Forbes has a nice article up this morning, on the US Senator out of Colorado, who might let Merck, Pfizer, Lilly, Baxter, Abbott, and yes. . . Apple, Google and Microsoft. . . bring home some of the long-warehoused off-shore earnings and cash — tax free. [My May 2013 backgrounders are here, and here.]
Wait. Before you go ballistic, read the article. [The Forbes reporter is clearly a tax-maven, and yet able to offer the readership a plain English view of these rather esoteric proposals. Nice.] The idea is that Merck, Google and Apple and Abbott will buy (actually, Dutch-auction bid upon) US infrastucture bonds — and thus commit essentially to the rebuilding of roads, bridges and schools, nation-wide – and in so doing — be granted a “tax holiday,” for a like (or slighly lesser) amount of the permanently-foreign cash earnings, sitting anywhere in the EU, Japan, Northern Ireland, or the Caymans — depending on the company. So. . . Merck could bring home all the ex-US cash it wanted, tax free, if it put it all to work, here in the US — on rebuilding infrastucture, via a federal bond progam. I love it.
Which is probably why. . . it has only “a snow-ball’s chance, floating down the River Styx” of passing. Heh. But we shall see. Do read go read all of it, in Forbes, this morning:
. . . .Under the bill, multinational corporations would be granted the equivalent of a repatriation tax holiday for supporting the AIF. The tax holiday is on top of the return in investment from purchase of a bond (bonds are interest bearing).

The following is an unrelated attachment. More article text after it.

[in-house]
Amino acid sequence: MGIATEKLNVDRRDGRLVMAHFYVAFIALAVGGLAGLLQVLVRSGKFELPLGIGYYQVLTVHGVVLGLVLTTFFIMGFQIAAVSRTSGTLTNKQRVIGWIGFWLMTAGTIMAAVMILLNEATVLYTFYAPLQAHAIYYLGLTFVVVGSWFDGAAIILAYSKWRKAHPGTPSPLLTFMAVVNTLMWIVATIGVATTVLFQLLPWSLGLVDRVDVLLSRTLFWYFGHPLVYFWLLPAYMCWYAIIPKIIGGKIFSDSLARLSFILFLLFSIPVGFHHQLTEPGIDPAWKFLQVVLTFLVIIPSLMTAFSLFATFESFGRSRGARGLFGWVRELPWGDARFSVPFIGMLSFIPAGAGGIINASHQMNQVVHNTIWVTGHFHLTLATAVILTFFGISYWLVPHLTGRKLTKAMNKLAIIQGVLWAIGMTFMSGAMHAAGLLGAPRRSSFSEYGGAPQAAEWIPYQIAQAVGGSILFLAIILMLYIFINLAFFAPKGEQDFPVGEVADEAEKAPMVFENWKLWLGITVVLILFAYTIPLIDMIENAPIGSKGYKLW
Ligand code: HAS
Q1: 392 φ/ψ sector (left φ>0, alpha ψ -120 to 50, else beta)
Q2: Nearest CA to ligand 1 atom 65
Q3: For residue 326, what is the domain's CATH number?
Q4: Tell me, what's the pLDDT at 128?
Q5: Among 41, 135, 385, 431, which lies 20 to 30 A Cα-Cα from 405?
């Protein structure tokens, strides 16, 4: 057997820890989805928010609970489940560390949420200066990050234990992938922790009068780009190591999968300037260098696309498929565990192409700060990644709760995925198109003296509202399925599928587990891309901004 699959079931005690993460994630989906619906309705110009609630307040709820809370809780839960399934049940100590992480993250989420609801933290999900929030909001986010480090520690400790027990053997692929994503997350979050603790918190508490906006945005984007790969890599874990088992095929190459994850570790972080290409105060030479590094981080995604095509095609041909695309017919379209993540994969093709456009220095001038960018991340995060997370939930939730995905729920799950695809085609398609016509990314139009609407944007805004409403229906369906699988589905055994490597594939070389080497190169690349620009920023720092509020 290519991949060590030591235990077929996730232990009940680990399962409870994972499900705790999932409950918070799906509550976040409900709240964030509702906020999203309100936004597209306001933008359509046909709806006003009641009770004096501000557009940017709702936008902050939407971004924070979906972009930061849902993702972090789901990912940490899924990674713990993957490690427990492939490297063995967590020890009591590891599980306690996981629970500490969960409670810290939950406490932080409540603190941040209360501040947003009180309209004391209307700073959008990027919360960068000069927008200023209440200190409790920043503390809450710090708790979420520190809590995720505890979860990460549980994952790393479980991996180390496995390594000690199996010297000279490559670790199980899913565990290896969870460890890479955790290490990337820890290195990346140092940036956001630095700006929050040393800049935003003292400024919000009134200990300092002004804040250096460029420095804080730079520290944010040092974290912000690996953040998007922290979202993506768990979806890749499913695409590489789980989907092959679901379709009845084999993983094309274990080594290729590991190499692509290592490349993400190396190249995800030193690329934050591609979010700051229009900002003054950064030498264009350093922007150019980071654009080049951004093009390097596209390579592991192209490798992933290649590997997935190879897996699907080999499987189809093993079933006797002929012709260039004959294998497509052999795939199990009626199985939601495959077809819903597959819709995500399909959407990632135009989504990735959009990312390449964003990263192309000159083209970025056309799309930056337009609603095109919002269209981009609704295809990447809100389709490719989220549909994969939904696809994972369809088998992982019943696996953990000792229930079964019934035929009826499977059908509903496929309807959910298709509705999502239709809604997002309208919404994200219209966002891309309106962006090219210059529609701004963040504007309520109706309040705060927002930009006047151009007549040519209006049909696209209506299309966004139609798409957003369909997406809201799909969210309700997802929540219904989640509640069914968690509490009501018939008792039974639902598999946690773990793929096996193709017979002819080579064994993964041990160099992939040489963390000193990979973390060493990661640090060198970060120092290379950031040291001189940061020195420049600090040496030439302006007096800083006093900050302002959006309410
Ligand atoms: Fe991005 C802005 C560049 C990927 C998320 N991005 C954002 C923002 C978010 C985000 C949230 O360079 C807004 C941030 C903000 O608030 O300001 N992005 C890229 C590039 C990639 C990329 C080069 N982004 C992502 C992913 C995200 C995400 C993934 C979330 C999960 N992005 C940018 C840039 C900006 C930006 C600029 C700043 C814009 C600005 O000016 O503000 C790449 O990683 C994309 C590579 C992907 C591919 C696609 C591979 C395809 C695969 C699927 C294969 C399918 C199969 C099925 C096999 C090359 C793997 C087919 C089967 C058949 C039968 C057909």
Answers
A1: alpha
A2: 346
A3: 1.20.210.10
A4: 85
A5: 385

Specifically, companies like Google, Apple and Merck, which have parked money offshore for years would be allowed to engage in “aggressively bidding” to buy the bonds. While the actual bidding process hasn’t yet been specified, the general idea is that companies would propose a multiplier for the amount of overseas income they would be allowed to repatriate to the country, income-tax free, in exchange for right to buy the bonds. . . .
It certainly wins points as a creative, singularly-elegant solution – to two vexing problems. Now we cross our fingers and hope. Hope that PhRMA lines up, and gives its armies of lobbyists marching orders — to push it through. Cough.
I suspect the association wants a “pure gift” — no strings attached, for its members. But a more enlightened wisdom might dictate a less Putin-like approach, here. This is not. . . the Ukraine, afterall. Smile. Speak up, Mr. Frazier. Support the “Colorado Compromise,” at PhRMA.